When Values Conflict: How citizens stakeholders and experts contributed to formulating policy for ma
Speaker(s): Professor Lawrence Phillips | For over 40 years the UK Government has avoided the question of what to do with its radioactive waste. Sufficient wastes now exist in the UK to fill the Royal Albert Hall five times over. To solve this problem, the Committee on Radioactive Waste Management (CoRWM) created the largest public consultation exercise ever conducted in the UK, resulting in a set of recommendations forwarded to the government this past July. This lecture will explain a key elem
Asia Forum 2006 Opening Session [Audio]
Speaker(s): Howard Davies, Professor Amartya Sen; Mervyn King; Professor William Cornish; Sir Nicholas Stern; Dr Manmohan Singh; Dr Y V Reddy | Discussions were led by LSE academics: Professor Danny Quah, Head of Economics Department; Dr Razeen Sally, senior lecturer in international political economy and head of the international trade policy unit and Professor Robert Wade, professor of political economy and development at DESTIN. Other speakers included: Sheila Dikshit, chief minister of Delhi
Asia Forum 2006 Session Two : Governance [Audio]
Speaker(s): Dr Razeen Sally, Montek Singh Ahluwalia; Dr Mohammed Munir Abdul Majid; Kiran Karnik | Discussions were led by LSE academics: Professor Danny Quah, Head of Economics Department; Dr Razeen Sally, senior lecturer in international political economy and head of the international trade policy unit and Professor Robert Wade, professor of political economy and development at DESTIN. Other speakers included: Sheila Dikshit, chief minister of Delhi; Nandan M Nilekani, chief executive officer
In Conversation with The Rt Hon Sir John Major KG CH [Audio]
Speaker(s): Sir John Major in conversation with Elinor Goodman | During the course of this conversation Sir John Major will reflect on his experiences as Prime Minister and discuss current affairs in the UK and across the globe.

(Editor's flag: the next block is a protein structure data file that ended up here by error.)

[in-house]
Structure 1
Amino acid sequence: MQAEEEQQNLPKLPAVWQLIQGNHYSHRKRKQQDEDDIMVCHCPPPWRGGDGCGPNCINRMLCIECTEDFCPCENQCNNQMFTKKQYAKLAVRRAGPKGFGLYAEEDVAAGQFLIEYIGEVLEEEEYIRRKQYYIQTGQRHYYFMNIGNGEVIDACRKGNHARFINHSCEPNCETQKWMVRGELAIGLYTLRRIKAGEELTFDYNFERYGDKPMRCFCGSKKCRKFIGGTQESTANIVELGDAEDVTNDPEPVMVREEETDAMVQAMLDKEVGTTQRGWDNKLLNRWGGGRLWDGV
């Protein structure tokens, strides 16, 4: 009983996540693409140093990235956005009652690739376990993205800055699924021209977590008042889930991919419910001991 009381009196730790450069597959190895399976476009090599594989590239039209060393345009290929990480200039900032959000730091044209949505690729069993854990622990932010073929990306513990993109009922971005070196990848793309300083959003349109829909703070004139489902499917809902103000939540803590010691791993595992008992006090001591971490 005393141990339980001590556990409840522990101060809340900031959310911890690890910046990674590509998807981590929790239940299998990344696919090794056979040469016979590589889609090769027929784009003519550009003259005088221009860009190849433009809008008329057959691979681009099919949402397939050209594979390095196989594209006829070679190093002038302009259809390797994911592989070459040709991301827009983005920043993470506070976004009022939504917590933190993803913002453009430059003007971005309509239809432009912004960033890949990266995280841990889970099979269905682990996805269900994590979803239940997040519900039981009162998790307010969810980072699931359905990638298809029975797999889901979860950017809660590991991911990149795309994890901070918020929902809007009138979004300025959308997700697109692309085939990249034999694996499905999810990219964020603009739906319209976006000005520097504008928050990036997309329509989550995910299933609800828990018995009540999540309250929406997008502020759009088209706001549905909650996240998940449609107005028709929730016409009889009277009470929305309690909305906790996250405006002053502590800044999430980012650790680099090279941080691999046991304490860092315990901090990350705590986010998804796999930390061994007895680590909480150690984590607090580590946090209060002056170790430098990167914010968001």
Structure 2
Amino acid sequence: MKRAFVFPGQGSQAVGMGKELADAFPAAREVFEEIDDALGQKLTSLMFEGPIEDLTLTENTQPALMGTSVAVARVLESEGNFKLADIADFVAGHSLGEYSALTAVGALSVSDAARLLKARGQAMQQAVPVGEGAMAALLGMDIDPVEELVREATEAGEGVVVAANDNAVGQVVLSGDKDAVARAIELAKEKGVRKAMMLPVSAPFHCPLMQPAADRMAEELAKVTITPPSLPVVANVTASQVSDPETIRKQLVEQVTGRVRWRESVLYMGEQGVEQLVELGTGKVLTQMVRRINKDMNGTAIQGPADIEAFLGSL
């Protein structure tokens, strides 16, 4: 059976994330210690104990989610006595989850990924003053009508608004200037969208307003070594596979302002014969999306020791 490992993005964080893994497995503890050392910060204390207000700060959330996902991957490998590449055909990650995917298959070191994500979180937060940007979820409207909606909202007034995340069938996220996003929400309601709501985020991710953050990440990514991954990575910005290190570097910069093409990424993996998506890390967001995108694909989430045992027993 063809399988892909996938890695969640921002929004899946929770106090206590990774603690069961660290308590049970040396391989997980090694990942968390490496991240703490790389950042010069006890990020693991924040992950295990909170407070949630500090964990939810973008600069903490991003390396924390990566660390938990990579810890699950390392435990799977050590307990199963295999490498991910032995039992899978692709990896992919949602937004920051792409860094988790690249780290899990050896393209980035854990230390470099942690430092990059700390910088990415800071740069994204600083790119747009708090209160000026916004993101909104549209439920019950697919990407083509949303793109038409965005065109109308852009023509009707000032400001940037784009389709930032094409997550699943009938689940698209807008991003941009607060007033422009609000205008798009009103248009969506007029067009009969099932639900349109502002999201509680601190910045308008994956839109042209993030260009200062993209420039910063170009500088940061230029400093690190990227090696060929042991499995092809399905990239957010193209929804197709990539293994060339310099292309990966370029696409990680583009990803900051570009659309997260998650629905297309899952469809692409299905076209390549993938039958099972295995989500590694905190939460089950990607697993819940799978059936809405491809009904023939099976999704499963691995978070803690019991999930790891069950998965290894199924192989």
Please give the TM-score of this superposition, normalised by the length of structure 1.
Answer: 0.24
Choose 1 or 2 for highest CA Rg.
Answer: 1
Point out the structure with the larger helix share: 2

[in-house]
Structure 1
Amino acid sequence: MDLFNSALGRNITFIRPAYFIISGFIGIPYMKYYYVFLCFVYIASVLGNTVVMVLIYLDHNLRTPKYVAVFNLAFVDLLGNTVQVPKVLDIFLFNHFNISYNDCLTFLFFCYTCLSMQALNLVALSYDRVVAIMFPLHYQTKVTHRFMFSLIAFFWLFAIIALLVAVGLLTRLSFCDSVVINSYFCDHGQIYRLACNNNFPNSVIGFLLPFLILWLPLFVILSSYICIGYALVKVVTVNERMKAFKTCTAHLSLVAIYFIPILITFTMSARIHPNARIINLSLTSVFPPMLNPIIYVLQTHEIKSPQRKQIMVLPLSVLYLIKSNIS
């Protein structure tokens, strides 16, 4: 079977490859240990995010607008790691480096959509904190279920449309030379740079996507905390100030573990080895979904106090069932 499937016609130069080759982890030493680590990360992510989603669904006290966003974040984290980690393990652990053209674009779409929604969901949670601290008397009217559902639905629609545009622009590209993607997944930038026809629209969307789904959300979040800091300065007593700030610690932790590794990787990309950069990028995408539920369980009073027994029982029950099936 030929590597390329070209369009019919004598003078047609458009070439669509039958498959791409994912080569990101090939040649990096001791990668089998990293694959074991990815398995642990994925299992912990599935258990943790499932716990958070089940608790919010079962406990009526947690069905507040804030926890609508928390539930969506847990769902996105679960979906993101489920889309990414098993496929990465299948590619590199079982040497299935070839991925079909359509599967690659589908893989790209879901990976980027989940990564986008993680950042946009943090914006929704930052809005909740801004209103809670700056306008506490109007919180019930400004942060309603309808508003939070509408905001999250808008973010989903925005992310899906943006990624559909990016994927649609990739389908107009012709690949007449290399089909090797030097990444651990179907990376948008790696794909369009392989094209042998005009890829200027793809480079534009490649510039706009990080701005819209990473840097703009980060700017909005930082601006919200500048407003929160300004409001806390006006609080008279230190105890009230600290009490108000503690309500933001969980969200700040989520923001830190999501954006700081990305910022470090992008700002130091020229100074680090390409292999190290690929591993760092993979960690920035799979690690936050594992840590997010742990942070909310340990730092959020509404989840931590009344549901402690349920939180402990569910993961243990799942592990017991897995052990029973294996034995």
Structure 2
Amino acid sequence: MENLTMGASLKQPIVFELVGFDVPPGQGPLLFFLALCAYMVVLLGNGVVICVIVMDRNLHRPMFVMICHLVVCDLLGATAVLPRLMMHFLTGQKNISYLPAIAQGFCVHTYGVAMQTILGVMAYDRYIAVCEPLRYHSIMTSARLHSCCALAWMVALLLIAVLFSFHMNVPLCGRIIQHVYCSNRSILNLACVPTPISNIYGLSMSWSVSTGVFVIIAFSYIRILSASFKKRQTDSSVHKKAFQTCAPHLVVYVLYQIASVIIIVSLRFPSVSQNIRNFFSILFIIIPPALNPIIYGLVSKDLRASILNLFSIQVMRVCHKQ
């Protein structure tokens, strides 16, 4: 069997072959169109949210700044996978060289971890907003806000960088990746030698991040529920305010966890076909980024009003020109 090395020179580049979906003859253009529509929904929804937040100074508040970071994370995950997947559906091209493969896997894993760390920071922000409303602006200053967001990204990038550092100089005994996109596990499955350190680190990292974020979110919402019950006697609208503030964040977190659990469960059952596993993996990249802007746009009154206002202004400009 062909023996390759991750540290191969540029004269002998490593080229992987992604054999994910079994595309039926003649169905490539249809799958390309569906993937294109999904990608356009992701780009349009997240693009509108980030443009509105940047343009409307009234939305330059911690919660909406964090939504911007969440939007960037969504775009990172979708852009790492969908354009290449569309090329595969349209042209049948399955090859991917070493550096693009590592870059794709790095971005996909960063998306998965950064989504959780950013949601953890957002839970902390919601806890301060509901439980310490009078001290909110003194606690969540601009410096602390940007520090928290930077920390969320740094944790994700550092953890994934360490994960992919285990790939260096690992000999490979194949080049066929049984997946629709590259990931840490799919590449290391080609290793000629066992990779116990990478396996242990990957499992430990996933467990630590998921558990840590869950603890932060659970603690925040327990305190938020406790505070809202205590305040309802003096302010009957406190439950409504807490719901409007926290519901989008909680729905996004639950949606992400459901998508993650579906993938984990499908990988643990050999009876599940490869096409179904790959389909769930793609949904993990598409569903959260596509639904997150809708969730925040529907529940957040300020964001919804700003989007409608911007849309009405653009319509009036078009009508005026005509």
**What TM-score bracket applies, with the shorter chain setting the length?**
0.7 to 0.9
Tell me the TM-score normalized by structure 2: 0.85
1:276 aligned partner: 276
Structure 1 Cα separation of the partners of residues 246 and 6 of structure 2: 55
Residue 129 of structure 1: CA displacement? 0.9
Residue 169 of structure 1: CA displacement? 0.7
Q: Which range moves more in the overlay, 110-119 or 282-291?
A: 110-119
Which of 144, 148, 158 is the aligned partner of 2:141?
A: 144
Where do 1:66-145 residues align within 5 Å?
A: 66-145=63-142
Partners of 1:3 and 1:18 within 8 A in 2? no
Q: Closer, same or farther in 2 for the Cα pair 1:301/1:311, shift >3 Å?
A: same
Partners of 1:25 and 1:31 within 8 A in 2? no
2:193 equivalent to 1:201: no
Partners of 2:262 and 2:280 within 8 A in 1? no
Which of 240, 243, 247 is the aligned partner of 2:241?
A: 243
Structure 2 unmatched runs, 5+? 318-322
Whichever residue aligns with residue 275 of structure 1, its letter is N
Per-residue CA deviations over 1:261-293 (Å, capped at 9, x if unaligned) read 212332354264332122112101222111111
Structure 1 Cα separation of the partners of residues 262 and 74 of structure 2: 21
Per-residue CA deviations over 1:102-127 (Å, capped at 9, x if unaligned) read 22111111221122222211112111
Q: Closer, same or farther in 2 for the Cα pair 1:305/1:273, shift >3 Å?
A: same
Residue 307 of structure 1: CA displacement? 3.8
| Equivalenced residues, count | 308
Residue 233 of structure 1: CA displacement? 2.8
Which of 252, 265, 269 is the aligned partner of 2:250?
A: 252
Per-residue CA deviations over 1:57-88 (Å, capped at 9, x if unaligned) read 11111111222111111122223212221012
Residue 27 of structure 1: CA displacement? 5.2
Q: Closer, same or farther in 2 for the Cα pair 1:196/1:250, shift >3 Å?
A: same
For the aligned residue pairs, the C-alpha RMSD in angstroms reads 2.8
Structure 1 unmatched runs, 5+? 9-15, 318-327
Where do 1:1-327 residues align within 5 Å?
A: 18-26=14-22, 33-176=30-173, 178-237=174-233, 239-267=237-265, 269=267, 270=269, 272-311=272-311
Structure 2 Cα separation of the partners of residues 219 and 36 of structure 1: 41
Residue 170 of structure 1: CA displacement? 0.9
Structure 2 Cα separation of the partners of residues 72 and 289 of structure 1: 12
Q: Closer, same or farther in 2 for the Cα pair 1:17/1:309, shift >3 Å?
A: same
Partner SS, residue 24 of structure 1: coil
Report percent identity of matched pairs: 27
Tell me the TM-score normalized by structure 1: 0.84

Do War Crime Trials Do More Harm Than Good? [Audio]
Speaker(s): Professor Richard Goldstone and Dr Leslie Vinjamuri | Intuitively all defenders of human rights are in favour of war crime trials. But can the idea of an international code of criminal law survive the realpolitik of states trading insults over who has been most complicit? Will war crimes become as familiar as ordinary criminal trials are today, or is it merely a passing liberal fad?
Re-searching the Potential of Cultural-Historical Psychology [Audio]
Speaker(s): Professor Michael Cole | From its founding as an academic discipline, psychology has been divided in its understanding of itself. The project to create a psychology that unifies experimental, 'physiological' psychology and ethnographic, cultural-historical psychology requires a reconfiguration of the disciplinary landscape of the late 19th century that, from our current perspective, appears inter-disciplinary, including, as it does, scholarship from anthropology, sociology, discourse
Appropriation of Freedom: Freud's conception of the individual self-relation [Audio]
Speaker(s): Professor Axel Honneth | This lecture develops Freud's implicit idea of the freedom of the will. For Freud, the 'healthy' person is very often determined by the same kind of irrational powers to which the neurotic personality is subjected. On the basis of a 'normalised' concept of repression, Freud has to explain how a normal subject should be able to gain emancipation from these unconscious constraints of his or her will. What conception of the individual self-relationship will enab
The Hubris Syndrome: the intoxication of power [Audio]
Speaker(s): Lord David Owen | Lord Owen will explore the effects of political power on politicians themselves and investigate the concept of the Hubris Syndrome and its impact on politicians including Tony Blair, George Bush and Margaret Thatcher.
Cash In - Carbon Out [Audio]
Speaker(s): Sam Frankhauser, Abyd Karmali, Ralf Martin; Professor Michael Mainelli; Jan-Peter Onstwedder; Martin Wolf | How 'The London Accord' has focused City Research on Climate Change. This introduction to the London Accord will be followed by a debate on two different approaches to Climate Change - Tax versus Carbon Trading.
What have the Romans ever done for us? - Global Europe from a Dutch perspective [Audio]
Speaker(s): Frans Timmermans | Frans Timmermans will address issues of the changing political economy and the role the European Union can play in facing the challenges of today. The soft power of the EU is no longer limited to stabilisation and transformation of societies alone. Europe sets the standard in many fields. Yet, as Frans Timmermans will argue, pursuing the vision of Europe as a model power imposes a growing need for the Union's member states to start thinking and behaving in politica